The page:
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Why Benchmark Your Business?

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Why Benchmark Your Business?

By , February 13, 2020
productivity

Do you know how to benchmark your business?  Benchmarking is a process of comparing your business metrics with other similar businesses.  Most business owners do not have access to data to be able to do this.

At Succession Plus we identify the key performance indicators in your business.  Your business is benchmarked against industry averages to identify areas of improvement.  This shows ‘the profit gap’ between where you are and where you could be.

Just Numbers?

Benchmarking uses largely financial data as well as statistics such as the number of employees, floor space utilised, total equipment or assets. Some of these measures of efficiency don’t stand out from your management accounts. But a buyer will want to understand how you are positioned in the market to assess your relative value.

If, for example, you operate an accounting firm, profit depends on billing time for services.  Benchmarking would look at billable hours, total fees earned per full time employee (or equivalent) and overheads. The benchmark report looks at your business versus industry averages.

If your debt collection is slower than the industry average you will have more cashflow issues. Is your average net profit after tax (NPAT) per principal much lower than the industry average? If your business spends more of its total income on minor overheads than the industry average it will put pressure on NPAT.

This is largely driven by the size and profile of the firm.  Additional analysis into pricing, volume of work, utilisation of staff and costs generates higher levels of profitability.

Your business may be too small to reach the industry averages.  Benchmarking is a good starting point that highlights where you can improve the future performance of the business.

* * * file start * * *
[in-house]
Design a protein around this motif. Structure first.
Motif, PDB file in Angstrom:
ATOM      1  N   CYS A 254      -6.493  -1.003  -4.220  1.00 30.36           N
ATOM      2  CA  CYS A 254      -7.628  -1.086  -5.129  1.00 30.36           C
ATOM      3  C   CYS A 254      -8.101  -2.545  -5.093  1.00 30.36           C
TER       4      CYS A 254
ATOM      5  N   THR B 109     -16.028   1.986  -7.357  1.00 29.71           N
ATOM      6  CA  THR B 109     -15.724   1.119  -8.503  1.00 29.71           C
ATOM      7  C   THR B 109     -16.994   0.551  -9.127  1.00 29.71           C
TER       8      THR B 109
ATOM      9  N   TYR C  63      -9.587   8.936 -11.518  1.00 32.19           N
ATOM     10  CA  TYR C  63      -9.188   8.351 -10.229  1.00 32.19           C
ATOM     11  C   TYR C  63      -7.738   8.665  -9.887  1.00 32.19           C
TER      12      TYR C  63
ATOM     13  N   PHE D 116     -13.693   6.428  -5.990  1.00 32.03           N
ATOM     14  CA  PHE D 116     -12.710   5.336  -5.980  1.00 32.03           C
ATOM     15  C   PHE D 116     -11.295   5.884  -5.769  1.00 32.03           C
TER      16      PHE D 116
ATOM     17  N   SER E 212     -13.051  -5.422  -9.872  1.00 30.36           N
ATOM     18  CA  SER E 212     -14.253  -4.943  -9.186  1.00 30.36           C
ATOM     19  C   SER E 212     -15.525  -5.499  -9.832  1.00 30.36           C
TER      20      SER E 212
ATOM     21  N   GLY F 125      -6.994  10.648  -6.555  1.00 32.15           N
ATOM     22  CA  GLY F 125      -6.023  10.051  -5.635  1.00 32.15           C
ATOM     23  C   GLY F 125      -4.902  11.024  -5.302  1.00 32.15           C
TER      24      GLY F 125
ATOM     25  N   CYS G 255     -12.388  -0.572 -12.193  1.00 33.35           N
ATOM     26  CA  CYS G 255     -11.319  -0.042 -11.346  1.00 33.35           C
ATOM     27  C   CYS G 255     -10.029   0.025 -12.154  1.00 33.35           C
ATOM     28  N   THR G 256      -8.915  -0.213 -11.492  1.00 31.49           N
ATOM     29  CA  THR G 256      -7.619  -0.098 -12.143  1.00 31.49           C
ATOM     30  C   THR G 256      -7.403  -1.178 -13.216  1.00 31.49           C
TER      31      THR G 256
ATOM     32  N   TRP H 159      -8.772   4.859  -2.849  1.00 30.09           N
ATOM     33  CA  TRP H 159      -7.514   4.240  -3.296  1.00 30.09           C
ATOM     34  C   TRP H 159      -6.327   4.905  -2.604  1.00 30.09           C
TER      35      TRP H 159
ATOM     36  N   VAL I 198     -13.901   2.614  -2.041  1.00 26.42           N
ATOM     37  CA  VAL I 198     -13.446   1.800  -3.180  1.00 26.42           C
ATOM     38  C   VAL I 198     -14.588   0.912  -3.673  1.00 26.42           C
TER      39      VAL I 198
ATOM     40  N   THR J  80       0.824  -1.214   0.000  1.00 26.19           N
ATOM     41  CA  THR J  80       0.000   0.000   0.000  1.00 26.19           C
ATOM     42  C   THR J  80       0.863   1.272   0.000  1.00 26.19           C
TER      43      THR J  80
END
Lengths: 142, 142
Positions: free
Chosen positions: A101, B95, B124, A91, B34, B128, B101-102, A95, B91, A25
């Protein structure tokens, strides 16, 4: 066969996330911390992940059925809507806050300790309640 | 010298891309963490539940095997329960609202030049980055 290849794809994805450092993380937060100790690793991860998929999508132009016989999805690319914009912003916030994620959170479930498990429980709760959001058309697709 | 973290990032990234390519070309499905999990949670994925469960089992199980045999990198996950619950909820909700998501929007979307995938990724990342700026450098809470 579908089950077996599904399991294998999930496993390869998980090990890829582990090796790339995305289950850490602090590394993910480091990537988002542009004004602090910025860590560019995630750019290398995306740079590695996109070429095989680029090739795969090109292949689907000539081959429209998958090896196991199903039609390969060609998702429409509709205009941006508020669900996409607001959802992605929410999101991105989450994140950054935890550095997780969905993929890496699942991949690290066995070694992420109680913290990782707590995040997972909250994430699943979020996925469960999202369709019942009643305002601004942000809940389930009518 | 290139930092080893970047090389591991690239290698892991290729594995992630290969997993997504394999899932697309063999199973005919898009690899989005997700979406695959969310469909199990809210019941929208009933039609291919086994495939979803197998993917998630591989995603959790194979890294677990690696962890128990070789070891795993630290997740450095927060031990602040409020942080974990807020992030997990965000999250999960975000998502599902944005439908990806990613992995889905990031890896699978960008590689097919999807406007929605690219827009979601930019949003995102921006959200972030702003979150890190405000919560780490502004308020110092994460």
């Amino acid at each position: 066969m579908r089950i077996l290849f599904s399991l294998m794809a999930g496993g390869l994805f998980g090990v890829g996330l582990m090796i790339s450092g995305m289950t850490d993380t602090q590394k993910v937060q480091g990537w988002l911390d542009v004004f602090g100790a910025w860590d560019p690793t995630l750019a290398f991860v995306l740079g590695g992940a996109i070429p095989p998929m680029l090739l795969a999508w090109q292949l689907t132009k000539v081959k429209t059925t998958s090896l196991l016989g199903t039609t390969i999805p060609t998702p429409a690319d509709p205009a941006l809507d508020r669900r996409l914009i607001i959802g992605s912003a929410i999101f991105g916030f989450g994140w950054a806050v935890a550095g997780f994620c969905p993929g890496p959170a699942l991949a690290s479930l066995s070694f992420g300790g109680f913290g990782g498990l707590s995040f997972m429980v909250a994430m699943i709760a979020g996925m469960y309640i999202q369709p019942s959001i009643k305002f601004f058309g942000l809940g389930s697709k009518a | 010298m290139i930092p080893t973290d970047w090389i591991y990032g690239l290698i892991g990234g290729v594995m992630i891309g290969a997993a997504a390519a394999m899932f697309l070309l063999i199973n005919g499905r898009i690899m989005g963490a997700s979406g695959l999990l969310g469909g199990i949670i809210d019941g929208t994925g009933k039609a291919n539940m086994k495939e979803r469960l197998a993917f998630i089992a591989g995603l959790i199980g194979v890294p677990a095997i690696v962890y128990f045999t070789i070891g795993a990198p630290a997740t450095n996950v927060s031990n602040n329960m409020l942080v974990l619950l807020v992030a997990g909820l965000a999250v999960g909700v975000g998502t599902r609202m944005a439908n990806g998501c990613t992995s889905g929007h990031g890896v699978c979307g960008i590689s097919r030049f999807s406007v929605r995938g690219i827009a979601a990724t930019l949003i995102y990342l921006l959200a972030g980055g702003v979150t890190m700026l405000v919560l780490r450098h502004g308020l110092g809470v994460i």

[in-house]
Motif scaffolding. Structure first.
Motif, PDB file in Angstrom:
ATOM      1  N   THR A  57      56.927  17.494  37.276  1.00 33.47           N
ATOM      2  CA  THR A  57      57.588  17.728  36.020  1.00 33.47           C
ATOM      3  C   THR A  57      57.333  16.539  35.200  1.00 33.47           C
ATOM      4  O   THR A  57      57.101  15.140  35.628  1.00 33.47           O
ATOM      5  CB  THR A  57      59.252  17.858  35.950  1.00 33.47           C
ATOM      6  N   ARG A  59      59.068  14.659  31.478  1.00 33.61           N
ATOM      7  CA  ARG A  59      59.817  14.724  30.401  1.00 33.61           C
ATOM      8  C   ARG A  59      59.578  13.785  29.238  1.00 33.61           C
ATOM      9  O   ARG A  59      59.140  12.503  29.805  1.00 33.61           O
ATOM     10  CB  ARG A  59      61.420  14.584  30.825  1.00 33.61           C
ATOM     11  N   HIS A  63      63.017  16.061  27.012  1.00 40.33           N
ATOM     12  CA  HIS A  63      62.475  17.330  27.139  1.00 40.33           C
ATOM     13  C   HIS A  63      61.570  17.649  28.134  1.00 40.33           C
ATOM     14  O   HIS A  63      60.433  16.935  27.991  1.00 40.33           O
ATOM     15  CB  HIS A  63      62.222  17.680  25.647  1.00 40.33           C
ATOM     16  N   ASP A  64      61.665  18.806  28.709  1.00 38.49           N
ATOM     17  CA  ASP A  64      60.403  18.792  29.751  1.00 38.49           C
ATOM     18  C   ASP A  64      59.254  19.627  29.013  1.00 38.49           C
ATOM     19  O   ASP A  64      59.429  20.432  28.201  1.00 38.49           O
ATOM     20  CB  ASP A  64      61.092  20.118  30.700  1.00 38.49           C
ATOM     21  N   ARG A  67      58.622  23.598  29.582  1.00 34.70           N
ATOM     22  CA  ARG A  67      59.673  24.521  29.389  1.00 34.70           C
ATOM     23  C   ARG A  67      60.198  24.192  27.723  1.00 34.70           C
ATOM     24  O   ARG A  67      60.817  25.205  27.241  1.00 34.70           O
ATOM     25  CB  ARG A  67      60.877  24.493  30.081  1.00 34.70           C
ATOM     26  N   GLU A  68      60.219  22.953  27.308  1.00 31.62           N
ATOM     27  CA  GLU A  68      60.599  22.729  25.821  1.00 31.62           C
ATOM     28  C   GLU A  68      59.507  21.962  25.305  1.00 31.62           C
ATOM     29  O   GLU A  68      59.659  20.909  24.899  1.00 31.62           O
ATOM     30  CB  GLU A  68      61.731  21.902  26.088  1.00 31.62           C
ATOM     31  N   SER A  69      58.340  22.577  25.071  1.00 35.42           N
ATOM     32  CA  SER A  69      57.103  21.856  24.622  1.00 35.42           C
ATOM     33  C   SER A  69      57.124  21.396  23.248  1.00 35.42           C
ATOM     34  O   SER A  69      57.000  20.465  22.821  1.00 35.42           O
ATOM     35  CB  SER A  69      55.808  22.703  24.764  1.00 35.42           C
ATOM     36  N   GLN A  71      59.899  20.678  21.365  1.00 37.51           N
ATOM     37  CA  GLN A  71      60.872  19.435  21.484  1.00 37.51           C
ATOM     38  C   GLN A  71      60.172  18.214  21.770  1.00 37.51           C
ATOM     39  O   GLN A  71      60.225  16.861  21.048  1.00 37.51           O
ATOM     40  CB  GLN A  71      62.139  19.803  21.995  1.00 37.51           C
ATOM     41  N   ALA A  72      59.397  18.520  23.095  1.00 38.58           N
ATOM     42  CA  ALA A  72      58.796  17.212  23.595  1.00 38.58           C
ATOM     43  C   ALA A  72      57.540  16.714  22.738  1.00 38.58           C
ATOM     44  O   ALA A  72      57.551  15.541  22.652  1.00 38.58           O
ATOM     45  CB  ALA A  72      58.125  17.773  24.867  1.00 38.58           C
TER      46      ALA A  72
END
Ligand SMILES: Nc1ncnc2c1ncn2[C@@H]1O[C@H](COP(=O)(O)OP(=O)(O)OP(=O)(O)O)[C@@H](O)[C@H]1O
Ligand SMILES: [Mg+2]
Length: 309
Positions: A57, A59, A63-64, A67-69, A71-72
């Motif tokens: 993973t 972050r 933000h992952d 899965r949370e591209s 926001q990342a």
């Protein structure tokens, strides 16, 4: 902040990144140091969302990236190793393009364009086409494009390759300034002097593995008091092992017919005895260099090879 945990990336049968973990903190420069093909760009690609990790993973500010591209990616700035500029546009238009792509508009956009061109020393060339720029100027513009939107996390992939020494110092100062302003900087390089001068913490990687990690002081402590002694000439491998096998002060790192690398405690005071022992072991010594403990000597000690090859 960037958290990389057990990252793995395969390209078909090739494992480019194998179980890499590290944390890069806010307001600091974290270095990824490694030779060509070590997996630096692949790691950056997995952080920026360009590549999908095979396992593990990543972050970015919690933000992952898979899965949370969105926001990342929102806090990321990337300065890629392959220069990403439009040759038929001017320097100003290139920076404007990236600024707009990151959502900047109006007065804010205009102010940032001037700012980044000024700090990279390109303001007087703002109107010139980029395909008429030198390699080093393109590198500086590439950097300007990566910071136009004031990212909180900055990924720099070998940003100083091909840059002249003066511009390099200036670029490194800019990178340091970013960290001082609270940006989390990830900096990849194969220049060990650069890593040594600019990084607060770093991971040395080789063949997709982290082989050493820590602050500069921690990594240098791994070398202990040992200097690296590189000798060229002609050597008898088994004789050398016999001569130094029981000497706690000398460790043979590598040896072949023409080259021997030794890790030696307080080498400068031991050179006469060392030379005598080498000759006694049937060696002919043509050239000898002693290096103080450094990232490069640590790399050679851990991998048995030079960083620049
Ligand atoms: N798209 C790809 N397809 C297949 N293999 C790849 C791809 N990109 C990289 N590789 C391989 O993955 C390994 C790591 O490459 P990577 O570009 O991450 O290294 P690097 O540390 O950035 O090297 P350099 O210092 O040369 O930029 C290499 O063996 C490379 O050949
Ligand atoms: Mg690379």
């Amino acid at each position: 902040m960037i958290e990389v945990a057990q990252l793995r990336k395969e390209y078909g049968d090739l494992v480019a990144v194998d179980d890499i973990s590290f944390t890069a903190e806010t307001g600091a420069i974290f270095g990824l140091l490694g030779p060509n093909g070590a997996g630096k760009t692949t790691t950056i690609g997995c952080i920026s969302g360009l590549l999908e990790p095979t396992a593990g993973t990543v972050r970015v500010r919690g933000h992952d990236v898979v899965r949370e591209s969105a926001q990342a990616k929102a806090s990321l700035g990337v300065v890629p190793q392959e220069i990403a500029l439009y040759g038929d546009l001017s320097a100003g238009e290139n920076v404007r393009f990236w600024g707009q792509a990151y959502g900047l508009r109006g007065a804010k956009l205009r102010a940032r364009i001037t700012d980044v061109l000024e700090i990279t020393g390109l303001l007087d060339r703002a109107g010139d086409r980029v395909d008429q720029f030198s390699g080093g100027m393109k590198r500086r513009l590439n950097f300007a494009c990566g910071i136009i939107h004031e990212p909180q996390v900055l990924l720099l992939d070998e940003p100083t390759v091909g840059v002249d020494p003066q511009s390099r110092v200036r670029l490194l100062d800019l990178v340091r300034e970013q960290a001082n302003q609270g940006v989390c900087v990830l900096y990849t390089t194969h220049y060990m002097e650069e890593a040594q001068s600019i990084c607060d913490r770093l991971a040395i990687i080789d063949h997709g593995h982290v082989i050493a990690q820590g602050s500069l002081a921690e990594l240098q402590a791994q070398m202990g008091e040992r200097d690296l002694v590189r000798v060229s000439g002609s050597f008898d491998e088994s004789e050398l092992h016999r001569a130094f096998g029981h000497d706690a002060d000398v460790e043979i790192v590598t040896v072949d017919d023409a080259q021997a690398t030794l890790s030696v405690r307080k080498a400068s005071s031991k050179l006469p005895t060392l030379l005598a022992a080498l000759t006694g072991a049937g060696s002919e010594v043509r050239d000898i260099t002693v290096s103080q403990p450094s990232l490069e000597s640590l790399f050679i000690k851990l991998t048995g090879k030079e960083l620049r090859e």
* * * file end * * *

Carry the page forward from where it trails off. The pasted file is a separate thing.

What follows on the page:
Case Study

When we benchmarked one of our clients, a professional services firm.  We found the IT costs were significantly higher than its industry competitors. Digging deeper, we saw that all of the firm’s computers and systems were 15 years old.  This meant the maintenance contractor was coming in almost every day to fix something. On the other hand, depreciation was much lower than the competitors as the assets were all fully written down long ago.

A buyer considering this business will need to factor in significant capital outlay to replace the IT assets.  They expect to spend less in maintenance costs as a result, therefore increasing profit.

Profit Gap

Benchmarking a business identifies the potential profit gap.  This is the profit you could achieve if you were operating at industry average levels. On a simple level, if you produce a product at £1 and sell it at £2 you are making £1 or 50% margin. If your competitor is selling the same thing for £2 but it costs £0.75 to produce, he is making £1.25 or 62.5% margin. The profit gap is 12.5% or 25 pence. Benchmarking assumes that you should be able to operate at roughly the same level as industry averages.

 

Summary

Getting an investors perspective on your business value starts with understanding where the value is in your company.  Benchmarking is a valuable part fo that process.  Having benchmarked your business, what next?

Give us a ring, drop us an email to explore more.

Darryl Bates-Brownsword

Darryl Bates-Brownsword

CEO | Succession Plus UK

Darryl is a dynamic, driven Business Mentor and Coach with over 20 years of experience and passion for creating successful outcomes for founder-led businesses. He is a great connector, team builder, problem solver, and inspirer – showing the way through complexity to simplicity.

He has built 2 international multi-million turnover businesses; one now operating in 16 countries. His quick and analytical approach cuts through to the core issues quickly and identifying the context. He challenges the status quo and gets consistent, repeatable and reliable business results.

Originating in Australia, Darryl’s first career was as an Engineer in the Power Industry. Building businesses bought him to the UK in 2003 where he quickly developed a reputation for combining systems thinking with great creativity to get results in challenging situations.

A keen competitive cyclist, he also has a B Eng (Mech) Engineering and an MBA.